Why some people think they need drugs to cope

Why do so many Americans turn with such regularity not only to the medicine chest, but also to the street, for their ''highs?''

As with any perplexing social ill, explanations ring out like frantic shots in the dark: boredom, loneliness, peer pressure, stress, low self-esteem, availability. . . . Says one physician, ''People simply like the feeling,'' and don't think ahead about addiction, loss of motivation, and other problems. Other observers say that health-conscious Americans are also continually looking for an easy and safe ''high.'' When a drug's harmfulness becomes apparent, people simply switch to another drug rather than seek drug-free alternatives.

Still others say chronic drug-taking is symptomatic of deeper societal ills. The impersonal and technological nature of society, the competitiveness of American life, and pressures on the traditional family, are offered as more complex reasons - and, perhaps, more painful for a society to confront.

But as Margaret, an ex-heroin addict insists, ''You need to find out why you get high. You develop a long-term psychological dependency on heroin (or any drug) and you're really just running away from yourself. . . ''

The dark-haired daughter of a New York loan shark, she used to burgle houses to support her four-year-old habit. But Margaret now is two years into her new marriage and is successfully holding two jobs. She is not totally weaned away from drugs, since she is still gradually withdrawing from heroin by substituting methadone, a controversial synthetic narcotic. Still, she says, ''I'm better now than I ever thought I could be.''

Although Margaret is happy with herself now, she expresses concern for young people who are deeply into drugs. ''They say they don't know why they're into (drugs).'' But Bob, who dabbled in drugs during his Florida high school years, disagrees. ''Just because I was taking drugs didn't mean that I wasn't a functioning, thinking person. If you're going to 'cure' drug abuse, you must understand why (people take drugs). . . ''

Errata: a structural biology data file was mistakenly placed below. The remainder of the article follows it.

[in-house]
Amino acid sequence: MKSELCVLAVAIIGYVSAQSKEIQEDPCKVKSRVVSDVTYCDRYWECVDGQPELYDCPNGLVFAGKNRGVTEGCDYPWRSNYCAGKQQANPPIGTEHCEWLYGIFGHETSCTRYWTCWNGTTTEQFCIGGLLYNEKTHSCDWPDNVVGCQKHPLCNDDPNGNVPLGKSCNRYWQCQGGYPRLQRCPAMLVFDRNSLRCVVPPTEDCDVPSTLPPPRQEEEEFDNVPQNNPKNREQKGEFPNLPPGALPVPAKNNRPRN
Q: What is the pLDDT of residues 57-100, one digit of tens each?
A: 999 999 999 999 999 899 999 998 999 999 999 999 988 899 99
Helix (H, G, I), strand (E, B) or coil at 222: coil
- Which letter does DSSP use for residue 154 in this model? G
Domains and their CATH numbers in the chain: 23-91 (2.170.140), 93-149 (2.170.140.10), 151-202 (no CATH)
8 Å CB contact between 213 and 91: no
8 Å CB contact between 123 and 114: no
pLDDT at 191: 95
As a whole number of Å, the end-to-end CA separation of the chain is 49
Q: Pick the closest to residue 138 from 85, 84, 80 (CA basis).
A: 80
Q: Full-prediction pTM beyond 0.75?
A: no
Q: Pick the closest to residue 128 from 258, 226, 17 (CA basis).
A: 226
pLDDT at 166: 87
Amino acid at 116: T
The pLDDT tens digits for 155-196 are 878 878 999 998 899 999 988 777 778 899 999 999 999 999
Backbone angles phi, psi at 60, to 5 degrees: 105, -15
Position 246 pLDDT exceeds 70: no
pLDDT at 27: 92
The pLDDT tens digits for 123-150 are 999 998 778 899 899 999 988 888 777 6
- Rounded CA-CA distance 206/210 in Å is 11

Locating high school age kids who will discuss their drug problems with candor is difficult. As one student now off drugs admits: ''I didn't think I had a drug problem.'' But a four-year-old juvenile rehabilitation center in St. Petersburg, Fla., called Straight Inc. is getting kids to face their drug problems head on. Self-honesty is part of Straight's rigorous, if slightly controversial, program, which insists on family involvement and strong peer counseling.

Using Alcoholics Anonymous-like tactics of confession, Straight encourages its largely teen-age participants to face their reasons for drug-taking and learn to cope with their lives without resorting to chemicals.

One of the oldest traps people have fallen into when rationalizing drug abuse has been to blame a poor home and family life as the culprit. ''That has been a terribly crippling message,'' says one drug expert, Dr. Robert DuPont, ''that says if your kids are into drugs, then there is something wrong with your family.''

A quick poll among five high school students attending Straight Inc. reveals a half-and-half situation. Says one boy, ''Our house was like a hotel - no communication between my mom, my stepfather, and me. There was lots of violence, lots of broken things.'' But another girl who was equally involved with drugs says, ''My parents didn't even smoke or drink. We went to church regularly and spent an hour at the dinner table each night talking about our days.''

If definitive answers are scarce as to why drug-taking begins, answers as to why people stop taking drugs are even more elusive. For those who successfully pull themselves out of drugs, some of the answers have a very similar ring: ''My kids''; ''I don't ever want to hurt my family like that again''; ''I couldn't see putting my parents through that again''; ''I think it all comes down to family''; ''You can do it if you really want to.''

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